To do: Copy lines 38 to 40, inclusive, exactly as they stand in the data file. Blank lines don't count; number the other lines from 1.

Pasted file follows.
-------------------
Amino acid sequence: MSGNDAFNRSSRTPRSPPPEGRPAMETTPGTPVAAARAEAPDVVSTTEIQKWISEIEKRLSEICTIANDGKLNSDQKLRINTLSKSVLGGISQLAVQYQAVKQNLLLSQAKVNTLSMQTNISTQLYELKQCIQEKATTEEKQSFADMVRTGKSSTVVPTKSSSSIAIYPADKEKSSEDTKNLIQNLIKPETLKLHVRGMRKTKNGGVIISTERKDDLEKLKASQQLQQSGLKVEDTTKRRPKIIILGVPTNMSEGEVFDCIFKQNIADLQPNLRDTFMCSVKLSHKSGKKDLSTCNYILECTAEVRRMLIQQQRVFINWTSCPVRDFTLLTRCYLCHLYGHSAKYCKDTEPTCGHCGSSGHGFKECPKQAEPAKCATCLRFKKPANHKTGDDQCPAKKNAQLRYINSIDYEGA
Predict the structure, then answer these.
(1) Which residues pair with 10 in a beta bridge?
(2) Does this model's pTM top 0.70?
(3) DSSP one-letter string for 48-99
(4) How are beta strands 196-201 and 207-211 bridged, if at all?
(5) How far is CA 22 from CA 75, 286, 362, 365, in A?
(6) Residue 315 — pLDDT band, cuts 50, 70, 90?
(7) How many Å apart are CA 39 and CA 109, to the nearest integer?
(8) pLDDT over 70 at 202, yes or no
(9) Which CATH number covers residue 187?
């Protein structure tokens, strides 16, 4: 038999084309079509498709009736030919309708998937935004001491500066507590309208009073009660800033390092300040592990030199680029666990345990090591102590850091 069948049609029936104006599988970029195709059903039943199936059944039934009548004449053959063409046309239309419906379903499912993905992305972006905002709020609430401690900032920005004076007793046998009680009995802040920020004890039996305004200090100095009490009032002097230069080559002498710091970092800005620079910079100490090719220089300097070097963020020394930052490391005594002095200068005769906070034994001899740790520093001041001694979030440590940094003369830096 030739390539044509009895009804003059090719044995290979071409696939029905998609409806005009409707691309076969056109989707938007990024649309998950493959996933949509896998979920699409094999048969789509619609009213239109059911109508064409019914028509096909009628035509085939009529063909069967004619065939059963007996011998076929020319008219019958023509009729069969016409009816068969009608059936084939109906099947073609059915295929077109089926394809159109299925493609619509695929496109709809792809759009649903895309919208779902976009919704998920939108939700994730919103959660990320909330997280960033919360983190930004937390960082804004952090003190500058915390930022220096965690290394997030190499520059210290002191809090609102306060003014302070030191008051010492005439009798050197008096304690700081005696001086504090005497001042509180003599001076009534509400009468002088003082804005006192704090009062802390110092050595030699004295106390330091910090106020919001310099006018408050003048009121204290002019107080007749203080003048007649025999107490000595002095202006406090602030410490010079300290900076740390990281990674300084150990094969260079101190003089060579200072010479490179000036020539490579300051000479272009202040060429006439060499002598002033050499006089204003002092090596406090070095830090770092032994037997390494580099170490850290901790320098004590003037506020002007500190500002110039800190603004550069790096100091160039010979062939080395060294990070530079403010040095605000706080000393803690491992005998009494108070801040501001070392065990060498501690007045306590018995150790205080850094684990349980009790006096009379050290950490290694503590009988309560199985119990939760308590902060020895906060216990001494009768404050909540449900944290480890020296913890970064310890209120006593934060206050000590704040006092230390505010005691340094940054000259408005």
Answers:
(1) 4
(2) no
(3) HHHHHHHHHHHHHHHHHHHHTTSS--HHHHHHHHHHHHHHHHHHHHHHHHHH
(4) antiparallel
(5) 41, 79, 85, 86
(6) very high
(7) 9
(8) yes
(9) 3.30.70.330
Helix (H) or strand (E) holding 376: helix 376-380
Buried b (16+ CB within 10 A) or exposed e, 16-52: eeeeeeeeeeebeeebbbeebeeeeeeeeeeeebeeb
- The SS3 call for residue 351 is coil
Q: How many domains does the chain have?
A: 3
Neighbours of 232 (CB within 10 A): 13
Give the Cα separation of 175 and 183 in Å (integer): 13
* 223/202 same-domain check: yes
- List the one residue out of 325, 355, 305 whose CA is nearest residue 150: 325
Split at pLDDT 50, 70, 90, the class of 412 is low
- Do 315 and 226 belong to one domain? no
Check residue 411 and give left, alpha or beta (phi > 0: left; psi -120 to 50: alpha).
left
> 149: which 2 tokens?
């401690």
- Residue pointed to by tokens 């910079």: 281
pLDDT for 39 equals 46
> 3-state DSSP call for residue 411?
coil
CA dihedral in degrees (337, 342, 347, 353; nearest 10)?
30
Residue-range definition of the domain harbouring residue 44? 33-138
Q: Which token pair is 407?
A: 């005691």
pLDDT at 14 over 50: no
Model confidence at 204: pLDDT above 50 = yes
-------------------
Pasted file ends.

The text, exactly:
- Residue pointed to by tokens 């910079």: 281
pLDDT for 39 equals 46
> 3-state DSSP call for residue 411?